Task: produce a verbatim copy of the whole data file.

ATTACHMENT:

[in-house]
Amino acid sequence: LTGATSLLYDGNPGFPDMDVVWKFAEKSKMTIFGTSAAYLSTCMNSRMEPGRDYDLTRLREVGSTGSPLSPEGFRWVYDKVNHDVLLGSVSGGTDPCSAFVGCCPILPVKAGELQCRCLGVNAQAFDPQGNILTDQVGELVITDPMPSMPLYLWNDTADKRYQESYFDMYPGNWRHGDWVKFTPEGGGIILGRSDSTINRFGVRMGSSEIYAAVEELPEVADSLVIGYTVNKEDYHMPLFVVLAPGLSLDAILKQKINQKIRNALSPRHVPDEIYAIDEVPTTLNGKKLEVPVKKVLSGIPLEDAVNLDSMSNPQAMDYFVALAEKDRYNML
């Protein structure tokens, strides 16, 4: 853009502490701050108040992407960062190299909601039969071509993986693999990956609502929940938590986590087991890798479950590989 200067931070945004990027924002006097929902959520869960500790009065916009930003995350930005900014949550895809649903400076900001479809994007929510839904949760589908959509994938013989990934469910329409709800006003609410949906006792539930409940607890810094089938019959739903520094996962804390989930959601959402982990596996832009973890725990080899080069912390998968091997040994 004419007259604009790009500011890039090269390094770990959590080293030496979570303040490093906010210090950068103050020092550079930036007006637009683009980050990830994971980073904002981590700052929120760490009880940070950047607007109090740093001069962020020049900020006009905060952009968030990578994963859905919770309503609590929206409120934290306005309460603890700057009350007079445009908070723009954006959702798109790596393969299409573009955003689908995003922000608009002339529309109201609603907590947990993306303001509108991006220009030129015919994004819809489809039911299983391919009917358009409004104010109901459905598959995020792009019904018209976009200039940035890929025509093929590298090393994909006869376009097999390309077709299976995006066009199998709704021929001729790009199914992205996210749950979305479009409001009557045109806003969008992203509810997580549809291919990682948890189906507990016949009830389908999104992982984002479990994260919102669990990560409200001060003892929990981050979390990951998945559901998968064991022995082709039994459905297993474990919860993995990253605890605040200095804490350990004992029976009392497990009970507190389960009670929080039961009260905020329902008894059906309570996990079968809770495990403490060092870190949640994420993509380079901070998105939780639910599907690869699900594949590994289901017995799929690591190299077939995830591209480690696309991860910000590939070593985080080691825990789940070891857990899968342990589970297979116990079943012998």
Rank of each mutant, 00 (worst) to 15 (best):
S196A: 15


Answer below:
[in-house]
Amino acid sequence: LTGATSLLYDGNPGFPDMDVVWKFAEKSKMTIFGTSAAYLSTCMNSRMEPGRDYDLTRLREVGSTGSPLSPEGFRWVYDKVNHDVLLGSVSGGTDPCSAFVGCCPILPVKAGELQCRCLGVNAQAFDPQGNILTDQVGELVITDPMPSMPLYLWNDTADKRYQESYFDMYPGNWRHGDWVKFTPEGGGIILGRSDSTINRFGVRMGSSEIYAAVEELPEVADSLVIGYTVNKEDYHMPLFVVLAPGLSLDAILKQKINQKIRNALSPRHVPDEIYAIDEVPTTLNGKKLEVPVKKVLSGIPLEDAVNLDSMSNPQAMDYFVALAEKDRYNML
């Protein structure tokens, strides 16, 4: 853009502490701050108040992407960062190299909601039969071509993986693999990956609502929940938590986590087991890798479950590989 200067931070945004990027924002006097929902959520869960500790009065916009930003995350930005900014949550895809649903400076900001479809994007929510839904949760589908959509994938013989990934469910329409709800006003609410949906006792539930409940607890810094089938019959739903520094996962804390989930959601959402982990596996832009973890725990080899080069912390998968091997040994 004419007259604009790009500011890039090269390094770990959590080293030496979570303040490093906010210090950068103050020092550079930036007006637009683009980050990830994971980073904002981590700052929120760490009880940070950047607007109090740093001069962020020049900020006009905060952009968030990578994963859905919770309503609590929206409120934290306005309460603890700057009350007079445009908070723009954006959702798109790596393969299409573009955003689908995003922000608009002339529309109201609603907590947990993306303001509108991006220009030129015919994004819809489809039911299983391919009917358009409004104010109901459905598959995020792009019904018209976009200039940035890929025509093929590298090393994909006869376009097999390309077709299976995006066009199998709704021929001729790009199914992205996210749950979305479009409001009557045109806003969008992203509810997580549809291919990682948890189906507990016949009830389908999104992982984002479990994260919102669990990560409200001060003892929990981050979390990951998945559901998968064991022995082709039994459905297993474990919860993995990253605890605040200095804490350990004992029976009392497990009970507190389960009670929080039961009260905020329902008894059906309570996990079968809770495990403490060092870190949640994420993509380079901070998105939780639910599907690869699900594949590994289901017995799929690591190299077939995830591209480690696309991860910000590939070593985080080691825990789940070891857990899968342990589970297979116990079943012998």
Rank of each mutant, 00 (worst) to 15 (best):
S196A: 15